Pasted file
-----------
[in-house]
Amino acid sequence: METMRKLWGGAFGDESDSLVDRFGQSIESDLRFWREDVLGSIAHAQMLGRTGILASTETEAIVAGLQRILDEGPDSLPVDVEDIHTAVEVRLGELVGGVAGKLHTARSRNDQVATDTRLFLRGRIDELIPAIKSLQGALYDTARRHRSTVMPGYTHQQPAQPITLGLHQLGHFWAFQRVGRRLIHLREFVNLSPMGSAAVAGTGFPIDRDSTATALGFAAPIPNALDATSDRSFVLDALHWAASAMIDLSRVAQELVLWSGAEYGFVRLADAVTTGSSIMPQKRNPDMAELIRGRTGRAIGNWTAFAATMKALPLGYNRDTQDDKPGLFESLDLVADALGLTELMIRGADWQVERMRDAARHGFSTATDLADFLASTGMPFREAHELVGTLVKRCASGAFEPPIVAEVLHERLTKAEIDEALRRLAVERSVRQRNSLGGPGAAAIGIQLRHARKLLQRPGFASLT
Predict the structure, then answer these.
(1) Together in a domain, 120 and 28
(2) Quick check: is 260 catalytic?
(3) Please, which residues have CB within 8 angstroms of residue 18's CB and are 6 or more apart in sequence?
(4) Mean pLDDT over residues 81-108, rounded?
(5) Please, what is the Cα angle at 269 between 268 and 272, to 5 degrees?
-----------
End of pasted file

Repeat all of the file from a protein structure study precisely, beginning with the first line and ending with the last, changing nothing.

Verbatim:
[in-house]
Amino acid sequence: METMRKLWGGAFGDESDSLVDRFGQSIESDLRFWREDVLGSIAHAQMLGRTGILASTETEAIVAGLQRILDEGPDSLPVDVEDIHTAVEVRLGELVGGVAGKLHTARSRNDQVATDTRLFLRGRIDELIPAIKSLQGALYDTARRHRSTVMPGYTHQQPAQPITLGLHQLGHFWAFQRVGRRLIHLREFVNLSPMGSAAVAGTGFPIDRDSTATALGFAAPIPNALDATSDRSFVLDALHWAASAMIDLSRVAQELVLWSGAEYGFVRLADAVTTGSSIMPQKRNPDMAELIRGRTGRAIGNWTAFAATMKALPLGYNRDTQDDKPGLFESLDLVADALGLTELMIRGADWQVERMRDAARHGFSTATDLADFLASTGMPFREAHELVGTLVKRCASGAFEPPIVAEVLHERLTKAEIDEALRRLAVERSVRQRNSLGGPGAAAIGIQLRHARKLLQRPGFASLT
Predict the structure, then answer these.
(1) Together in a domain, 120 and 28
(2) Quick check: is 260 catalytic?
(3) Please, which residues have CB within 8 angstroms of residue 18's CB and are 6 or more apart in sequence?
(4) Mean pLDDT over residues 81-108, rounded?
(5) Please, what is the Cα angle at 269 between 268 and 272, to 5 degrees?